When you get right down to it, this new edition is shaping up to be a major game changer and a welcome return all rolled into one. I cannot see it as anything but a win, a success and a triumph for players of all types. It promises to breath new life into the game and really polish up things into something fun. I don't own a copy yet but after a lot of peeking about under the hood, beneath the chassis and even in the trunk it is a sure fire bet that I will be buying one in the future.

Is there any higher rating you can give something that, for you, would be a major investment as opposed to a casual expense? I can't think of one. If you can, pick up a copy as soon as possible. If not, you can snag the basic rules and other goodies at Wizards of the Coast website. Every shred of this just screams D&D to me; Gygax would be proud of it.

Thursday, September 4, 2014

Lying Little Signs.

I was recently passing through a nearby city where we drove by a business I used to work at. It isn't something that was unusual, far from it; we've gone by the place countless times. I haven't even worked there in years, furthermore this wasn't the first time I have seen the message posted on their sign. What it was though, was the point where I could take it no more.

The sign was a liar.

Let me start at the beginning; I was the top of my class in college and enrolled in a program that had already ceased being offered - in effect the last of a breed. I had just graduated and as part of a requirement had to sit down with the school's director of career services beforehand which inevitably started several wheels into motion. Prior to my graduation I had worked for the school in a variety of capacities as well as being hired by some fellow students and staff for odd jobs on the side. All this added up to a point where a local computer repair place not far from the school received my resume on behalf of the career services director they found I came both highly recommended and perfectly suited to their needs.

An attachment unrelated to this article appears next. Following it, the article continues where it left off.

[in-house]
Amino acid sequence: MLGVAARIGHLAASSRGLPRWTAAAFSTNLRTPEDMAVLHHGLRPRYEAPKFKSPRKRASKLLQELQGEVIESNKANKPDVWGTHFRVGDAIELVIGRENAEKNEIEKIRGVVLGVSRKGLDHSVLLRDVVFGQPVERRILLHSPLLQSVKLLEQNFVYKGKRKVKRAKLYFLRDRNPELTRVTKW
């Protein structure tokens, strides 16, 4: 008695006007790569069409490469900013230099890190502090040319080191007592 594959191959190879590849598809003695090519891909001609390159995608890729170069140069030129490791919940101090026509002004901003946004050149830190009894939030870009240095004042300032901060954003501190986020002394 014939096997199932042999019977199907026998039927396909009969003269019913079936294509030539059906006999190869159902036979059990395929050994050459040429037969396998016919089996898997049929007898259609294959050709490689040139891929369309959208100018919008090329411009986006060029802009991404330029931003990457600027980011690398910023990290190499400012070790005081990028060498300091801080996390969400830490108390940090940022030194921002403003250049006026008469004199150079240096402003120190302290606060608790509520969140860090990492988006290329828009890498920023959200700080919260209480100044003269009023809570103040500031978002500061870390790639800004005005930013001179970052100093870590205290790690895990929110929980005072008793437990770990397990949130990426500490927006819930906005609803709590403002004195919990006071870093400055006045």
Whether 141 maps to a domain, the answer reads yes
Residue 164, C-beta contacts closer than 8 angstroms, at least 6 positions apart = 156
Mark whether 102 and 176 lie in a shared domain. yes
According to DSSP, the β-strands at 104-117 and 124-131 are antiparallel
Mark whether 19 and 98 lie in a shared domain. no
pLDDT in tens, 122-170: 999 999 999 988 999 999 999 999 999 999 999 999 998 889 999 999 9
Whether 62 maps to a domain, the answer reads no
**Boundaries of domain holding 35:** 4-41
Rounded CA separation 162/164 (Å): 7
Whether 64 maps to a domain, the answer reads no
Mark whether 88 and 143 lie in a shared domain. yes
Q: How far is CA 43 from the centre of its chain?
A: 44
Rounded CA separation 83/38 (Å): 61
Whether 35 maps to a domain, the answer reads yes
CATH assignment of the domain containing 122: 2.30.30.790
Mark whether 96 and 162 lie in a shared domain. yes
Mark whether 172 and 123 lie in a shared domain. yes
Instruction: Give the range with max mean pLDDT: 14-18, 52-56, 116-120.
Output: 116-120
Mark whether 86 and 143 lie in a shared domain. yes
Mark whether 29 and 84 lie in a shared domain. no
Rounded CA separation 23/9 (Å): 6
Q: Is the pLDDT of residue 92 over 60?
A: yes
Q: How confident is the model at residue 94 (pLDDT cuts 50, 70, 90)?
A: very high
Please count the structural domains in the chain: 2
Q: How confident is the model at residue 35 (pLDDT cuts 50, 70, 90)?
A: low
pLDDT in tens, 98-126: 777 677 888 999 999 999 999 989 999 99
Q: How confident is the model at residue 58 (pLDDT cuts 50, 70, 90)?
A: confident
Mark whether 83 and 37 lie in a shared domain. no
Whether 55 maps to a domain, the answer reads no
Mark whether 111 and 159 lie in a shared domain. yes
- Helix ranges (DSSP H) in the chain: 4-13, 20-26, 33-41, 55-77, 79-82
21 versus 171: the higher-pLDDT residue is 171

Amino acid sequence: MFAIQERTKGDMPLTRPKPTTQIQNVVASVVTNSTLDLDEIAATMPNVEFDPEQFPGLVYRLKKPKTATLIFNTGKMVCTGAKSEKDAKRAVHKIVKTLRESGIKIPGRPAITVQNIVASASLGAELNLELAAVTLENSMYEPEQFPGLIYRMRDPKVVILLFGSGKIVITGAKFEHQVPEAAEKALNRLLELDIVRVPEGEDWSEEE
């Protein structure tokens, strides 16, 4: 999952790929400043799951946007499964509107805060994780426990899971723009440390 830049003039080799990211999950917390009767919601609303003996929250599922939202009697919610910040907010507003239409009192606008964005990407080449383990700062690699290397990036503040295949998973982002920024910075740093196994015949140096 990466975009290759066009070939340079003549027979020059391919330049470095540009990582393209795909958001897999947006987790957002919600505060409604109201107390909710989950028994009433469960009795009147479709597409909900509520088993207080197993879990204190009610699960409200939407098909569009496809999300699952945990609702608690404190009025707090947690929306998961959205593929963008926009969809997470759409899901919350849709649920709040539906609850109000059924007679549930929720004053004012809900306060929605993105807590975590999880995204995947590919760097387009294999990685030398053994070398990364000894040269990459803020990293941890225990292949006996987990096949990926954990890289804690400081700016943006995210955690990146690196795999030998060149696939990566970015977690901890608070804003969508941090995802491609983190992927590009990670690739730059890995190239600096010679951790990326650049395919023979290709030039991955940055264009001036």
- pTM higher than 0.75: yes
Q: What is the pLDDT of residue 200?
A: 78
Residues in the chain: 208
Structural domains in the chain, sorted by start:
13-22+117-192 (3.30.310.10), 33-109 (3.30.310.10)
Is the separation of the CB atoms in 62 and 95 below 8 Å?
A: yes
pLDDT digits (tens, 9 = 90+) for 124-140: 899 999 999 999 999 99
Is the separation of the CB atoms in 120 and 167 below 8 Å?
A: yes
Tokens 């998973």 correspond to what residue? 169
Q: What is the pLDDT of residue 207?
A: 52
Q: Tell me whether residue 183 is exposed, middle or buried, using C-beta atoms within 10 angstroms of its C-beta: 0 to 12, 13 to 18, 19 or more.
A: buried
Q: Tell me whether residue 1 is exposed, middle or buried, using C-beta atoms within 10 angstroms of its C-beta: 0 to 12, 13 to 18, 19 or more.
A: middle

I was contacted for an interview, one I agreed to gratefully and attended. The details were fairly straightforward and exciting for me. They needed someone to take several dozen towers bought in bulk, identify what worked/didn't and then systematically bring them back to life to be resold. It was right up my alley as the kind of thing I was particularly talented at as well as what I had gone to school for. I loved hardware, I hated to see someone who couldn't say 'this is where the problem is,' and instead shrugged before swapping everything out with new parts without any appreciation.

The pay itself wasn't great but I hadn't expected anything major just out of school. I had graduated with various degrees, certificates etc. including an A+ accreditation but had not had the money to pay to take my A+ certification exam itself. One of the agreements of my accepting the job was that they would pay for me to get that very certification along with a variety of other certifications.

When I showed up for my interview I did so by being early, politely and dressed respectfully. Now, I will admit for the record that I did at the time have long hair and a goatee. However (and I must stress this) I kept that hair clean, well groomed and typically worn in a tight braid that ended about the middle of my backside. My goatee itself was likewise maintained, trimmed and neat. Both I was assured would be permissible for my job although I would have to purchase a wardrobe of dress shirts, ties and pants.

I did exactly that, even buying tools and things to use on the job. I even agreed to leave my current job at the time, one that I had held all through school along with my work for the school with less notice than I preferred but more than they had initially wanted me to give them. All in all I made a lot of concessions to take what seemed to be my first real job in what looked to be the beginning of my career. I even conceded to the awkward notion of being hired through a temp agency as a trial basis before becoming officially part of the staff.

The first day of showing up for work I was blindsided by the demand to shave and cut all my hair off. Something I didn't prefer having to do but as I responded at the time; "you can tell me what style you would like and that is how I'll cut it if that is what it takes for this job." My wife didn't enjoy the news herself either but we bowed to it and moved forward.